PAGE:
sunny window. Perhaps grabbing a
voice recorder will wake up your writing. Really stuck? Write for a short
period with your non-dominant hand
to shake up your synapses. This can
help break the grip of writer’s block.
Stop to refuel
Running on empty? Bring other people’s voices into your writing. Interview experts, ask cohorts for advice,
share other opinions. And tap more
deeply into your own thoughts by
brainstorming. Techniques such as
free-writing, mind-mapping, list of
20, and devil’s advocate can help you
fill up on your own creativity—and
find fresh ways to present your ideas.
(See “ 4 Powerful Brainstorming Techniques,” page 10.)
Be courteous to your fellow
Write to your readers as though they
are passengers in the car with you.
Think of them as fellow travelers in
that confined, intimate space.
Now consider that last email you
sent. Did it invite discussion, or were
you dumping data on people? Break
away and write to your readers. No need
to try to sound brilliant or important—
just write words that will resonate.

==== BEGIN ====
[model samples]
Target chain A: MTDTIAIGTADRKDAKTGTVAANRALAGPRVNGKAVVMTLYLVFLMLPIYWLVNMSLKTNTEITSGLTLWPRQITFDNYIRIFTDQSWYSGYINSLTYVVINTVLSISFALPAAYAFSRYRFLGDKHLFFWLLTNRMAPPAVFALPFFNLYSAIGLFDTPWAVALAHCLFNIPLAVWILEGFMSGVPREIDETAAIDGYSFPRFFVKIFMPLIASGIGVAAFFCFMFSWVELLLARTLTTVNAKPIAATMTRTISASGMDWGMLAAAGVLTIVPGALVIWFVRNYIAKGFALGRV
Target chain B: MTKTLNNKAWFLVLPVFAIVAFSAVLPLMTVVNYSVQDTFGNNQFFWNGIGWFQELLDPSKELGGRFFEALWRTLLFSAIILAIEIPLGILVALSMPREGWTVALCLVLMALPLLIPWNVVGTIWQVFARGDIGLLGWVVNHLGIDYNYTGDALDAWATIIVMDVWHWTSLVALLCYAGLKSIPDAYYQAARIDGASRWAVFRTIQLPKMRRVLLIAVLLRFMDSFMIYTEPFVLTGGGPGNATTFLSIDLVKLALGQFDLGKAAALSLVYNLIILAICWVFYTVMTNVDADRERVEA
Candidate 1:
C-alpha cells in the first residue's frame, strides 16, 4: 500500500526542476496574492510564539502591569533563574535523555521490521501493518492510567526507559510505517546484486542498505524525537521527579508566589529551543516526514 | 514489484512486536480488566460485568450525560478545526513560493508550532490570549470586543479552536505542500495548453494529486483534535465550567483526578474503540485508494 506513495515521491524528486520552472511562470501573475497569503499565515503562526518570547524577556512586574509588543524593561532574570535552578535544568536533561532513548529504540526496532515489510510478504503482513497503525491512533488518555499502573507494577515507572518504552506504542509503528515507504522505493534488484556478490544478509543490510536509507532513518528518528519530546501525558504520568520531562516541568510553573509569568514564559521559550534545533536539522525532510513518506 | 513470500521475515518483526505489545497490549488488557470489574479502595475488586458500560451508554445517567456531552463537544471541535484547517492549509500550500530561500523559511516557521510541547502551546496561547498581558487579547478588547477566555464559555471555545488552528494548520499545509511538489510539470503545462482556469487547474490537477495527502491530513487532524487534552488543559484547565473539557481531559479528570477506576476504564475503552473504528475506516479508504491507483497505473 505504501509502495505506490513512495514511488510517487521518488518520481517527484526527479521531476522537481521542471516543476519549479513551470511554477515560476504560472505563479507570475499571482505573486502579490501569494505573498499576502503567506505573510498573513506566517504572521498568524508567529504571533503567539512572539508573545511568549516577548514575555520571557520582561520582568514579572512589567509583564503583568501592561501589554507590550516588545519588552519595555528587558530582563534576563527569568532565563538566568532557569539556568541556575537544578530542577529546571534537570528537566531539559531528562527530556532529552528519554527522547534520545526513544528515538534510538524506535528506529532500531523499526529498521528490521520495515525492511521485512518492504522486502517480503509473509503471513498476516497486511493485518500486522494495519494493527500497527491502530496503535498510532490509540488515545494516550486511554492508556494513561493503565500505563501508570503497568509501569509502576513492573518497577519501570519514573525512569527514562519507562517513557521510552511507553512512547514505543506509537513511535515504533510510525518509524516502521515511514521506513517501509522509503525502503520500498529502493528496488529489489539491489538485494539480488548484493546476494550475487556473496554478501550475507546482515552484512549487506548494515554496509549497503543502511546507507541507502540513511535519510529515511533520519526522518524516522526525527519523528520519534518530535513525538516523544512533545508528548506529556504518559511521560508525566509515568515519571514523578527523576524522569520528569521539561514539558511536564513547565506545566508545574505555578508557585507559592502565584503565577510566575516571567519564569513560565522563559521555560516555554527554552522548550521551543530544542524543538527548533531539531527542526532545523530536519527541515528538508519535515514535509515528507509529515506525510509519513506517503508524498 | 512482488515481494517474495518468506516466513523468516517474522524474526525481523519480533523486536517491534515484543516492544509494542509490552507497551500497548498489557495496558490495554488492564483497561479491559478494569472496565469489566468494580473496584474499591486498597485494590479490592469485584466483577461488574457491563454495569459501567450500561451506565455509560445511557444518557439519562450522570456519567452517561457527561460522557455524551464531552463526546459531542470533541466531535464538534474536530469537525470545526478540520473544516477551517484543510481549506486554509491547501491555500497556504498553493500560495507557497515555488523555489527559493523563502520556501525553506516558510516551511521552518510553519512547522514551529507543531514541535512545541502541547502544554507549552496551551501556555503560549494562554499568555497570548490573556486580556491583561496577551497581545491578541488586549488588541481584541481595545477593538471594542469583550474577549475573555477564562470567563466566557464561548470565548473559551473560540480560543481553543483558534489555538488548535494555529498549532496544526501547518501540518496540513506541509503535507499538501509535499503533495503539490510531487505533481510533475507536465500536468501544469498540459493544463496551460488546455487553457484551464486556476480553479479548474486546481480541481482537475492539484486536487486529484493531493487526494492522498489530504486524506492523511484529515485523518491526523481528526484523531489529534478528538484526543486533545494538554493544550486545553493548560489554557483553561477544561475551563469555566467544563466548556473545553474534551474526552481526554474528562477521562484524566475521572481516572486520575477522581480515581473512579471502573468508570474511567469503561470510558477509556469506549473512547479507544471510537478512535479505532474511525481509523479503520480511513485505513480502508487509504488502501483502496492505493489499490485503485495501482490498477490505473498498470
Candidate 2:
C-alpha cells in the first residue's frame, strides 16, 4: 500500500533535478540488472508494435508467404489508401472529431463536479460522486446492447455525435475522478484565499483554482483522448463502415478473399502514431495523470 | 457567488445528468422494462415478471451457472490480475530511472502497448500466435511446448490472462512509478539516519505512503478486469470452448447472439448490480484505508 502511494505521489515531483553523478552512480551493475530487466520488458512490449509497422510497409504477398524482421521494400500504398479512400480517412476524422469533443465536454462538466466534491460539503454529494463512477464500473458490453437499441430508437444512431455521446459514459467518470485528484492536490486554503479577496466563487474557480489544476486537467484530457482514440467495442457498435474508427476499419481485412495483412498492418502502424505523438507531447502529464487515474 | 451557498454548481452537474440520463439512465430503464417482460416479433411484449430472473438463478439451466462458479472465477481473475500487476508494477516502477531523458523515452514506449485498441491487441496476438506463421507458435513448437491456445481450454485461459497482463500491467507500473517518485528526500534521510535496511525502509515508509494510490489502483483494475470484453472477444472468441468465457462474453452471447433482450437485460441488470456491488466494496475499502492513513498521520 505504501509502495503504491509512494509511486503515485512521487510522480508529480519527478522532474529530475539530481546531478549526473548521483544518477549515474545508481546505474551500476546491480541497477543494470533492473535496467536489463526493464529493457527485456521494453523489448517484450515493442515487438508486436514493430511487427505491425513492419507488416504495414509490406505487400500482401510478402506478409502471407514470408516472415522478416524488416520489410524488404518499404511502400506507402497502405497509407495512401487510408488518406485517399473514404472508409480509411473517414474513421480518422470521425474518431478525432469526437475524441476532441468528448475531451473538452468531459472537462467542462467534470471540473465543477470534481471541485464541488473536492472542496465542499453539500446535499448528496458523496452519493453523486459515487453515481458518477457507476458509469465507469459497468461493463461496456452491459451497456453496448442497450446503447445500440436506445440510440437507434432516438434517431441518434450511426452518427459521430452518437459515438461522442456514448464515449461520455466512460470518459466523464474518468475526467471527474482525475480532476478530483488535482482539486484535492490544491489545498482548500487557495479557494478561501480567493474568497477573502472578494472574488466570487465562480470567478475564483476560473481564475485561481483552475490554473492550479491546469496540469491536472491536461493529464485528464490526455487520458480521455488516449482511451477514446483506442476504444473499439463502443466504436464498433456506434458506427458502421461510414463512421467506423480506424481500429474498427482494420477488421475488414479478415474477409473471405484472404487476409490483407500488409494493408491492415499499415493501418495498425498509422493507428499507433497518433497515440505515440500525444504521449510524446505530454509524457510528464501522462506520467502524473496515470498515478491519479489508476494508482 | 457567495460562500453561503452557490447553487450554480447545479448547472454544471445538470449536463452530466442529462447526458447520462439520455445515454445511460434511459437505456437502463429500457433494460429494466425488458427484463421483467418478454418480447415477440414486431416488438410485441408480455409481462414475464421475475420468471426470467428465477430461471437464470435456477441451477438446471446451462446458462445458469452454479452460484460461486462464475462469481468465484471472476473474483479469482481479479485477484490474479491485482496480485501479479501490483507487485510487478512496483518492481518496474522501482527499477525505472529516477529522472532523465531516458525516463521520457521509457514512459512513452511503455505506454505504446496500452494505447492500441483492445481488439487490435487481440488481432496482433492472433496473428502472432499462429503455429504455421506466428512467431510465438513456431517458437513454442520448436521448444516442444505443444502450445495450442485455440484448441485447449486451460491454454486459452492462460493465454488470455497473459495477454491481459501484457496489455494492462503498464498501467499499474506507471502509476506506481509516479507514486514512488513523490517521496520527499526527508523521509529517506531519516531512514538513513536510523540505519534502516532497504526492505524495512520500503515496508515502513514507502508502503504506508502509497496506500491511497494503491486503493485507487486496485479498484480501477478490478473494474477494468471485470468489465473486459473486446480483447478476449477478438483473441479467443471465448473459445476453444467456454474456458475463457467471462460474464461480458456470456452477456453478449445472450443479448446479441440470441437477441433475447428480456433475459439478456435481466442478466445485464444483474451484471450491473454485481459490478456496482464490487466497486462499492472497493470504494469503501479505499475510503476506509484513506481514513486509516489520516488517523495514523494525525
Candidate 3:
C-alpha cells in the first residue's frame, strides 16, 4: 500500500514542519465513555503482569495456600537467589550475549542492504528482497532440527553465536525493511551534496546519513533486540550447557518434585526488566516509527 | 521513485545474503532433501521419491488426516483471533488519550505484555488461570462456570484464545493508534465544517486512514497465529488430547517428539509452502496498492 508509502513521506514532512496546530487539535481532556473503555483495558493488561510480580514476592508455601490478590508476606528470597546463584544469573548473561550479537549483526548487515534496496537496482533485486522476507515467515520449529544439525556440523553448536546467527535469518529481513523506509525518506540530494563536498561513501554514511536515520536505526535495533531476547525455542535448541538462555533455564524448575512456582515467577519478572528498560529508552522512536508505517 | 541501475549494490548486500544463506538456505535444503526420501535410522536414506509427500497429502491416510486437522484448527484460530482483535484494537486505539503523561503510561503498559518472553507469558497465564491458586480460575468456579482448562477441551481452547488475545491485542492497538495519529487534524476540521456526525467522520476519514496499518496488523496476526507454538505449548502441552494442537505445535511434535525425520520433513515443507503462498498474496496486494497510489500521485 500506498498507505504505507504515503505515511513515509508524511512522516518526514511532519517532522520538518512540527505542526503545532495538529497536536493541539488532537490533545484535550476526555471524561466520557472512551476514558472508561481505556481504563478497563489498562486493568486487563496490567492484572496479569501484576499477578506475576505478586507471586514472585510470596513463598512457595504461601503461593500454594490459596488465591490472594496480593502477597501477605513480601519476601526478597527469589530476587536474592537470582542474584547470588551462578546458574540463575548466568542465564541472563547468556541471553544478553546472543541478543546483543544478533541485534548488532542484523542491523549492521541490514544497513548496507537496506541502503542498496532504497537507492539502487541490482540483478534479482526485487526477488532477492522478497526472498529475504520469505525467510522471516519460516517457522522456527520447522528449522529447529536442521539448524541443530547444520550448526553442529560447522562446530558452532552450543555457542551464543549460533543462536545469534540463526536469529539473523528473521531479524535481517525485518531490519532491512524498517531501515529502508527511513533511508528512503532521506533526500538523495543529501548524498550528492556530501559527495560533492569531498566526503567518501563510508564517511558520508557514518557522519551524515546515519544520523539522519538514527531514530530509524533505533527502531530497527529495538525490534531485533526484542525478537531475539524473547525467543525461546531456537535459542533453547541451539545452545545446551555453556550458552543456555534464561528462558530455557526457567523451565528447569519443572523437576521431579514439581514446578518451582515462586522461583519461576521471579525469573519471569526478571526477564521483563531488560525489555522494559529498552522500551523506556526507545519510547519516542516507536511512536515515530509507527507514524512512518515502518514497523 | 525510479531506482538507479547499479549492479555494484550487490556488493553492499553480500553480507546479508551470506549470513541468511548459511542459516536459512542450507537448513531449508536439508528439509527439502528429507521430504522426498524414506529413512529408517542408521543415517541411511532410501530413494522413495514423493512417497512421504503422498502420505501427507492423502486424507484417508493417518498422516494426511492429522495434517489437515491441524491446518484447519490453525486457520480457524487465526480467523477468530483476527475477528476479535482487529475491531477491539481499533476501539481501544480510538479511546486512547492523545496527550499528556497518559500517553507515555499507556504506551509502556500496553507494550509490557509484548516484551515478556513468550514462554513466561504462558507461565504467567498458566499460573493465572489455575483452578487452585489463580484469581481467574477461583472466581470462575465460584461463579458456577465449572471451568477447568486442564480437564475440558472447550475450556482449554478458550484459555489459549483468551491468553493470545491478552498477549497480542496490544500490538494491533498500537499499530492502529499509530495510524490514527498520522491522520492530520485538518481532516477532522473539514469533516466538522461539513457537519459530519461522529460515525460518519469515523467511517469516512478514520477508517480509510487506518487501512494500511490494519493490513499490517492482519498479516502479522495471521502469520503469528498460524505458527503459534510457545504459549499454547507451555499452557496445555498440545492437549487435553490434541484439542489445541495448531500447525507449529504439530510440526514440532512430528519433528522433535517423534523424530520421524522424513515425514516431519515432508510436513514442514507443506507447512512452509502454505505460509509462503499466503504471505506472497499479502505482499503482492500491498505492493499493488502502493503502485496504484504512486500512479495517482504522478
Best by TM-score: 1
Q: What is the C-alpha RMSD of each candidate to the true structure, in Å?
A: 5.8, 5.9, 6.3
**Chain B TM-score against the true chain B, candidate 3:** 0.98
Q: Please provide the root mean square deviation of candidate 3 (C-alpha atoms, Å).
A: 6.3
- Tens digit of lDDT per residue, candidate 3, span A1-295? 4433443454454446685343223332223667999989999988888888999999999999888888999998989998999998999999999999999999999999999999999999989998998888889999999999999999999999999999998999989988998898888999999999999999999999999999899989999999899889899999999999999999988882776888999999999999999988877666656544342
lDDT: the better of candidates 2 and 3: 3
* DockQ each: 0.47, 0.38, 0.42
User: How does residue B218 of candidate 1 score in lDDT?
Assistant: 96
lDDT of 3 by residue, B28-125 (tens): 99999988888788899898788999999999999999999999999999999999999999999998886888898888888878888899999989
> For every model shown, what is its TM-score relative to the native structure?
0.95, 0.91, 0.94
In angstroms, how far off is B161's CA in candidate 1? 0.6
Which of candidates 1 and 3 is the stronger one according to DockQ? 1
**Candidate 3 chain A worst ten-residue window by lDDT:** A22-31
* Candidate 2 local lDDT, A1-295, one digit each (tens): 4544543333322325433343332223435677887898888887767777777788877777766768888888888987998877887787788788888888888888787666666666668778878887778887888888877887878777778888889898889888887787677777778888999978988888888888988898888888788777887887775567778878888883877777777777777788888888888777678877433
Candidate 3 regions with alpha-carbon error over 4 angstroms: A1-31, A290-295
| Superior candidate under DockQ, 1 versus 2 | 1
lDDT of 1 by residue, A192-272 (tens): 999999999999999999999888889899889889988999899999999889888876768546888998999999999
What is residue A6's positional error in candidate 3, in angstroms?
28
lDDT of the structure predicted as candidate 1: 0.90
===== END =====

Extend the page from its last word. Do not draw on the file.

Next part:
More often than not, your task isn’t
about what you want to say but rather
what your audience needs to hear in
order for them to deliver the results you
want. In the process, you’ll naturally
garner respect, foster change, improve
customer service and so on.
To put this another way: Answer the
question “What’s in it for me?” Every
reader asks this question hundreds of
times a day, both consciously and subconsciously. Position your message for
your readers’ needs, offer advantages
and explain consequences. Ask colleagues (preferably when they’re
relaxed or away from the office) how
they react when they encounter dense
emails, perplexing proposals or meandering memos. “I delete them,” they’ll
confess in a moment of candor.
What a waste. All that effort to get
somewhere, yet missing the mark. Give
this different direction a try. It may
seem like a detour from business as
usual, but that’s a good thing.
about the author
Lynda McDaniel, Your Write with
Confidence Coach, is based in the
San Francisco Bay Area and works
with clients worldwide.
Write for a short
period with your
to shake up your
synapses. This can
help break the grip
of writer’s block.